Asset Allocation Weekly

Confluence Investment Management offers various asset allocation products which are managed using “top down,” or macro, analysis. We publish asset allocation thoughts on a weekly basis in a special section within our Daily Comment report, updating the piece every Friday.

Asset Allocation Weekly (August 9, 2019)

by Asset Allocation Committee Since the end of WWII, there have generally been three factors that have caused recessions.  The first, and most important, is policy error.  Although fiscal tightening can cause recessions, major tax increases have become less common.  The usual source of policy error comes from the monetary side, where the central bank either… Read More »

Asset Allocation Weekly (August 2, 2019)

by Asset Allocation Committee As wages and other costs rise and pricing power appears constrained, there are reasonable worries about the path of corporate earnings.  We use purely top-down analysis to forecast earnings.  Essentially, we forecast the percentage of total S&P company earnings relative to GDP.  We use the nominal GDP forecast from the Philadelphia FRB’s… Read More »

Asset Allocation Weekly (July 26, 2019)

by Asset Allocation Committee How much attention is the FOMC paying to international factors?  It appears to be quite a lot.  We have documented that the financial markets are clamoring for a rate cut.  We have seen some of the more popular yield curves invert and the implied LIBOR rate from the Eurodollar futures market, two… Read More »

Asset Allocation Weekly (July 19, 2019)

by Asset Allocation Committee In his last testimony to Congress, Chair Powell agreed with Representative Ocasio-Cortez (D-NY) that the relationship between unemployment and inflation appears to have been broken.  This relationship, usually referred to as the Phillips Curve, suggests there is an inverse relationship between the two variables.  If one desires low inflation, then the tradeoff… Read More »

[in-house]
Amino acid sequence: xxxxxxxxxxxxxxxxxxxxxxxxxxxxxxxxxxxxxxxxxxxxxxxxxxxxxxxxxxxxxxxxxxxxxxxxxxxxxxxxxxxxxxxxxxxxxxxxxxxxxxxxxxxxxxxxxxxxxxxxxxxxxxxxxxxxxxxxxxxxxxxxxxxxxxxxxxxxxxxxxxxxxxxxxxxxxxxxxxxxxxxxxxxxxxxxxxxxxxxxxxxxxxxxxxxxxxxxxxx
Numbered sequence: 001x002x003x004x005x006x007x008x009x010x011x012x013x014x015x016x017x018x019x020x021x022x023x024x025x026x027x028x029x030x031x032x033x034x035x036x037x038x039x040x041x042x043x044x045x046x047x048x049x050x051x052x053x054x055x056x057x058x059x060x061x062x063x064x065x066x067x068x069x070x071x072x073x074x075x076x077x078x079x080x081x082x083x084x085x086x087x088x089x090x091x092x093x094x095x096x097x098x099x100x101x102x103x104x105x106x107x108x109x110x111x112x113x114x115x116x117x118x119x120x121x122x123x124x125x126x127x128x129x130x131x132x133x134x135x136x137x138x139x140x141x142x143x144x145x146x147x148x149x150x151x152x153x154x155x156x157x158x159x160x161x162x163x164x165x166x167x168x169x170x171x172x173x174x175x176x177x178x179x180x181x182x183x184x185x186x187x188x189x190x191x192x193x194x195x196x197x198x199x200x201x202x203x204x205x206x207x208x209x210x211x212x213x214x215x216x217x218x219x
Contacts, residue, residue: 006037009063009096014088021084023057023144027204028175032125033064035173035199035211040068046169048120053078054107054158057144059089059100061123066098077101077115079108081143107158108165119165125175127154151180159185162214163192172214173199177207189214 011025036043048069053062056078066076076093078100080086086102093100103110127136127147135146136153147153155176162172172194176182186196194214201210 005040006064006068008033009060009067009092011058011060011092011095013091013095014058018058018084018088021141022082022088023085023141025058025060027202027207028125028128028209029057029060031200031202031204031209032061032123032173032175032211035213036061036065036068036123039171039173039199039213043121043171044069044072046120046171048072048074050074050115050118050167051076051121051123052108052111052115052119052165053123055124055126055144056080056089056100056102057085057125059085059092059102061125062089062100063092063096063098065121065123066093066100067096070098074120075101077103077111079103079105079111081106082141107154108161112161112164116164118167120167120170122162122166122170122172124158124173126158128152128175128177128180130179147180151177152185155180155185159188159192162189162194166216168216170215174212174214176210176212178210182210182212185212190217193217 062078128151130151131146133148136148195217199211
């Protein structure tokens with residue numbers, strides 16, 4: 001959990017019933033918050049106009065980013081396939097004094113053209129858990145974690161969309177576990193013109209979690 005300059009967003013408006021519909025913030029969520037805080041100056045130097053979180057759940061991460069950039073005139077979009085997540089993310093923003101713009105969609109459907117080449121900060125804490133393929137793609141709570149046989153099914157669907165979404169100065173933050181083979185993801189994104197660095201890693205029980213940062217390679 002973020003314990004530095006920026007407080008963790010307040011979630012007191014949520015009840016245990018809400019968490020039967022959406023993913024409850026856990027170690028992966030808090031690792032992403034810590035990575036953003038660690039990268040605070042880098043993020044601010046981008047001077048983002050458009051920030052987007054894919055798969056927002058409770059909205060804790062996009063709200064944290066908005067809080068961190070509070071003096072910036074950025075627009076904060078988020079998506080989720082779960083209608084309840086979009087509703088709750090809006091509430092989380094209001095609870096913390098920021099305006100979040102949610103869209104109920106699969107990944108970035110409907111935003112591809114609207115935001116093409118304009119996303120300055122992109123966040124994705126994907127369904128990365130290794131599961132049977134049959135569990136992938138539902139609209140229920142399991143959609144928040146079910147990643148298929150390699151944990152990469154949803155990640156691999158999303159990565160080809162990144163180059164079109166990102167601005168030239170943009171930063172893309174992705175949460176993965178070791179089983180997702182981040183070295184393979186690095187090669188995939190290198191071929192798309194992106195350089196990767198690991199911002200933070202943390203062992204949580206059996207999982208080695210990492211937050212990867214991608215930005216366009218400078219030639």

Asset Allocation Weekly (July 12, 2019)

by Asset Allocation Committee The recent testimony from Chair Powell to Congress made it quite clear that the U.S. central bank is likely to cut rates at the end of July.  For the equity markets, the key issue is whether the shift away from tightening to easing will be enough to avoid recession.  If the rate… Read More »

Asset Allocation Weekly (July 5, 2019)

by Asset Allocation Committee Although it’s not official,[1] it appears the current expansion has reached a new record. This chart shows expansions by months since 1850.  The current expansion just reached 121 months, exceeding the 1991-2001 expansion, which was previously the longest. Part of the reason this expansion has lasted so long is because economic growth… Read More »

Asset Allocation Weekly (June 28, 2019)

by Asset Allocation Committee Gold prices have been strong recently, supported by perceptions of easing monetary policy and oblique statements from the White House hinting at supporting a weaker dollar.  Lower interest rates and dollar weakness are generally bullish for gold prices. Our coincident gold price model suggests the recent rally is merely “catching up” from… Read More »

Asset Allocation Weekly (June 21, 2019)

by Asset Allocation Committee In 2017, we introduced an indicator of the basic health of the economy and added it to the many charts we monitor to gauge market conditions.  The indicator is constructed using commodity prices, initial claims and consumer confidence.  The thesis behind this indicator is that these three components should offer a simple… Read More »

Asset Allocation Weekly (June 14, 2019)

by Asset Allocation Committee Establishing when “the” yield curve inverts is a bit of guesswork as there are a plethora of permutations one can use to calculate the spread.  One yield curve we like is the same one the Conference Board uses in its index of Leading Economic Indicators, namely, the 10-year T-note less fed funds… Read More »

Asset Allocation Weekly (June 7, 2019)

by Asset Allocation Committee Monetary policymakers are facing divergent trends that complicate future policy actions. Financial markets are signaling that the policy rate needs to be cut immediately. The chart on the left shows the implied three-month LIBOR rate, two-years deferred, from the Eurodollar futures market.  Last October, the implied rate was around 3.30%; it has… Read More »

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